As much as the content and sequence of these three sets was known, such foreknowledge did not take away from the emotional trek of working through and reliving each song and album. The crowd remained riveted, and nobody departed during the three hours it took to deliver them.
Once more from the top, not The Top.
After fulfilling their commitment and archeologically by plundering their canon, The Cure were at this point free to play for themselves. Anyone who has seen the band know that three-hour-plus gigs are the norm, so they could not escape the encore, which was the great unknown of the evening.
Many hoped the band would continue through the canon and move onto 1982’s Pornography, but alas, a performance of that has already been captured on DVD. After such an arduous sonic trek, where could this sentimental journey go next? Truthfully, there didn’t seem to be any unfinished business.
Remarkably, however, the band returned to their conception and (re)told their story again, this time using their alternative history — with songs relegated to B-sides along with the singles. In this era, The Cure treated singles and albums for the most part as separate entities.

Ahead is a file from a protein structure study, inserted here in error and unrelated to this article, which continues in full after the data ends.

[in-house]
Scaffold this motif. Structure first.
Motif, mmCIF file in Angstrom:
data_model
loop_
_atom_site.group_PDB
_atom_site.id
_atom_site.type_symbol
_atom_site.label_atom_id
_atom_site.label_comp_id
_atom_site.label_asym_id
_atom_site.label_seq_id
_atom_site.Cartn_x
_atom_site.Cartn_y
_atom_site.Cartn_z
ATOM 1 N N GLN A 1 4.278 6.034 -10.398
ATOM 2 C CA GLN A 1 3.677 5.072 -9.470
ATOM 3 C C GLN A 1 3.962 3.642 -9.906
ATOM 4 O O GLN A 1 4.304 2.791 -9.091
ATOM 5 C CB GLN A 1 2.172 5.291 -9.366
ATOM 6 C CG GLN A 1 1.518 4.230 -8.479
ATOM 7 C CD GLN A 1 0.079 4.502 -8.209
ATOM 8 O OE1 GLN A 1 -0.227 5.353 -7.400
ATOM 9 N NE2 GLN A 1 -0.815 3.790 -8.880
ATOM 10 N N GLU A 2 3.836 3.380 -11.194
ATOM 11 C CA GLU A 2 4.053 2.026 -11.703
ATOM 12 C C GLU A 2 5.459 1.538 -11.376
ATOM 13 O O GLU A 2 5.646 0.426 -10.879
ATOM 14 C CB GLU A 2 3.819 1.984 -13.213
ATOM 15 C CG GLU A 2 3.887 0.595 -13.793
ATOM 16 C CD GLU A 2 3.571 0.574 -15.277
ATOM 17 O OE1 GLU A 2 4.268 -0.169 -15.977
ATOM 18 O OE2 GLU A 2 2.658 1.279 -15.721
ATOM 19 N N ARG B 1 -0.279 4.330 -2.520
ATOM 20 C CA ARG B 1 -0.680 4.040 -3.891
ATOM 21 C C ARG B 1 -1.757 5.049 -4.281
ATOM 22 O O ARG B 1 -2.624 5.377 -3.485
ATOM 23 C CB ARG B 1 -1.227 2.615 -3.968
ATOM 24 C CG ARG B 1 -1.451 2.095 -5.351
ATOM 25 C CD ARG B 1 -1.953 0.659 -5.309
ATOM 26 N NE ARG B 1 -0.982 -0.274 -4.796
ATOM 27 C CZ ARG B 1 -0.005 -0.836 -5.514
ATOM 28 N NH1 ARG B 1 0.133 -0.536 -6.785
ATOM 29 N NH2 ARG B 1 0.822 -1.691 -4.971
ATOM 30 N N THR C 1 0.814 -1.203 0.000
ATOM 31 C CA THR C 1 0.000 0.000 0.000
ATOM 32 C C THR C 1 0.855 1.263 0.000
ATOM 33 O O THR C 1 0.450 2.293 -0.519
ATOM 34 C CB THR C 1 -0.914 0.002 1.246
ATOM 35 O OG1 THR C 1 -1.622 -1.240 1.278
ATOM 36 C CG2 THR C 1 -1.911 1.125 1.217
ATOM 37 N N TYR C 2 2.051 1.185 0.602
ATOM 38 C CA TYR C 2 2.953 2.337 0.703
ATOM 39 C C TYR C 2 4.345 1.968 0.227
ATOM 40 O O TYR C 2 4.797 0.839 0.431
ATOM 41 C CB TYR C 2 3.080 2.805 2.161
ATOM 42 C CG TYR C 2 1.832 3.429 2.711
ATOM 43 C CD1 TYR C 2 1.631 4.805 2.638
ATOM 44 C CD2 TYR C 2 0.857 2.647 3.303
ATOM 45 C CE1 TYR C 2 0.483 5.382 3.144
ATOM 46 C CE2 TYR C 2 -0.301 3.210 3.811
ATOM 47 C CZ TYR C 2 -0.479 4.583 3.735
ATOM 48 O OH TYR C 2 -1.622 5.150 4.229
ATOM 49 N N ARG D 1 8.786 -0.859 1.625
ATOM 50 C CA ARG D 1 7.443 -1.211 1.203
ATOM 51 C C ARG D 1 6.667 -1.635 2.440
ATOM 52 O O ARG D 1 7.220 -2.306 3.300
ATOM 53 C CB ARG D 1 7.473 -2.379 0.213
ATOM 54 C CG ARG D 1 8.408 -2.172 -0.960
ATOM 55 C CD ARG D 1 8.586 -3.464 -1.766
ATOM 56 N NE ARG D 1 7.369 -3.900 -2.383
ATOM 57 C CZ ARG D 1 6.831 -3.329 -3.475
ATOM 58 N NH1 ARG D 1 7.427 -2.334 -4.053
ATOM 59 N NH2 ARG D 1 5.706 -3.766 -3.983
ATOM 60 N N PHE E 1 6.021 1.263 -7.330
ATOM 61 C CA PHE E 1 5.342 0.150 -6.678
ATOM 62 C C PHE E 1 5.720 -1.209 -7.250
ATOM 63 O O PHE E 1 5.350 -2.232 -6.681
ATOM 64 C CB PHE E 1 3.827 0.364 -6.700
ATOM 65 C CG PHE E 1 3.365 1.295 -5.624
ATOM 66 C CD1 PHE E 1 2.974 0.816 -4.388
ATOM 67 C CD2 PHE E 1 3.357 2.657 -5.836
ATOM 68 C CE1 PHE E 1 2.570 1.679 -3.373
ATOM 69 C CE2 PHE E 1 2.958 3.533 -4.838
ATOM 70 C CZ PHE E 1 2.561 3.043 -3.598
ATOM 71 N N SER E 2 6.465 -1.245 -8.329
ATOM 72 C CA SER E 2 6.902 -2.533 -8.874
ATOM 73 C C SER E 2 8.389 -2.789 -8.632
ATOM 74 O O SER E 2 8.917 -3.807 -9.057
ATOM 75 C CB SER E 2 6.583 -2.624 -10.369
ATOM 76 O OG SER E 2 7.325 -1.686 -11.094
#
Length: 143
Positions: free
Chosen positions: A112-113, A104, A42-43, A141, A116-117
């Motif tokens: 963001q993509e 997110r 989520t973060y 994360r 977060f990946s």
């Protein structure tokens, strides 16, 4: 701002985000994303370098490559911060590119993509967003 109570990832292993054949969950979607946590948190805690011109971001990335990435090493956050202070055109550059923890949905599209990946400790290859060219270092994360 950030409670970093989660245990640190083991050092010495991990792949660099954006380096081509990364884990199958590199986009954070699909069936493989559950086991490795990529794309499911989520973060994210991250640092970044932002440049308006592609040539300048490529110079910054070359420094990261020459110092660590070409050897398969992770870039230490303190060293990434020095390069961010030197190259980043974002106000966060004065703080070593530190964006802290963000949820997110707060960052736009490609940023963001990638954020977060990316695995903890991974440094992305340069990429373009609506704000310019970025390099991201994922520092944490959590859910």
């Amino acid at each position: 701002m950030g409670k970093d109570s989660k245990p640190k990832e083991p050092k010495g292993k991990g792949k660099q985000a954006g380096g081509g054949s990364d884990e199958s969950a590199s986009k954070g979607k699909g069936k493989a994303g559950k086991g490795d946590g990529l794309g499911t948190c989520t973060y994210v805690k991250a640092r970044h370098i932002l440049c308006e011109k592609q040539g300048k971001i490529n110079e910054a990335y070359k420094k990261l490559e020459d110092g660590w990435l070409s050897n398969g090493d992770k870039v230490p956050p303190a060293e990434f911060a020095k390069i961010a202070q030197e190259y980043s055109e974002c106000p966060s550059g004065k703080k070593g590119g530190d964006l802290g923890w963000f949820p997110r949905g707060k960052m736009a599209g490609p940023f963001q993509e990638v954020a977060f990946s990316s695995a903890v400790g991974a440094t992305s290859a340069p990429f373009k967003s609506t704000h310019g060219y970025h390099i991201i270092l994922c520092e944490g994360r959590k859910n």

In what can only be described as a fan’s dream come true, songs untouched for decades were dusted off. Starting as a trio again, Smith, Gallup and Cooper hit the stage and broke out a trio of B-sides circa 1979-1980: “World War,” “I’m Cold,” and “Plastic Passion.” Roger and Lol rejoined for the singles portion: “Boy’s Don’t Cry,” “Killing an Arab” (sensitively renamed “Killing Another"), and the awe-inspiring pairing of “Jumping Someone Else’s Train” and “Another Journey by Train.”
This should have been enough, but we are dealing with the Grateful Undead here. A second encore still lay in store, during which the band completed the history with Faith-era singles and B-sides, including the exquisite “Charlotte Sometimes,” and its B-side, the drumming onslaught “Splintered in Her Head.”
To close, they slyly avoided sealing the epoch by introducing Pornography with “The Hanging Garden," thus demonstrating that their history, including their alternative history, is very much a living one.
It made for a perfect statement for a perfect evening. On the second night, Smith joked they were leaving to drop some acid, a nod to their drug du jour for the Pornography era which lead to Gallup’s quitting.